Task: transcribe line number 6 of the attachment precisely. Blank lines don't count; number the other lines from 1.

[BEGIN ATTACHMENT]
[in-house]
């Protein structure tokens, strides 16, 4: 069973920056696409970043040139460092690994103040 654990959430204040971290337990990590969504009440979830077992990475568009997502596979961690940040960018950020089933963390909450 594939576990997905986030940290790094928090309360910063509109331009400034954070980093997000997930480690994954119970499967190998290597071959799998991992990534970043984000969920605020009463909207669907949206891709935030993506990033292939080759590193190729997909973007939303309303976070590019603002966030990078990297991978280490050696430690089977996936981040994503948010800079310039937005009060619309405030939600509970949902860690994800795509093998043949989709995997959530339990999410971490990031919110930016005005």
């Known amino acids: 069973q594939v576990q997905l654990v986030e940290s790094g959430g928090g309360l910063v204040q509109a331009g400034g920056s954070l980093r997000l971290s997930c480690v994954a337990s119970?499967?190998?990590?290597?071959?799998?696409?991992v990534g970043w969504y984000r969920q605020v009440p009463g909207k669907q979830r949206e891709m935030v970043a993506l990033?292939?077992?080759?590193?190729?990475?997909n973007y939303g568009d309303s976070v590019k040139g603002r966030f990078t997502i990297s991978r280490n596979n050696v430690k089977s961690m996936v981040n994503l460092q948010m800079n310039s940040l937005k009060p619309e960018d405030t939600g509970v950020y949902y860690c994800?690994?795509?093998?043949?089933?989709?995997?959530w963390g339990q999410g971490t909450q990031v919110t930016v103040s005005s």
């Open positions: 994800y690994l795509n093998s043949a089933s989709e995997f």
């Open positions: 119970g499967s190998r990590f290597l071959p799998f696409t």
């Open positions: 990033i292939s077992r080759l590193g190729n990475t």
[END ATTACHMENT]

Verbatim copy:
């Open positions: 990033i292939s077992r080759l590193g190729n990475t």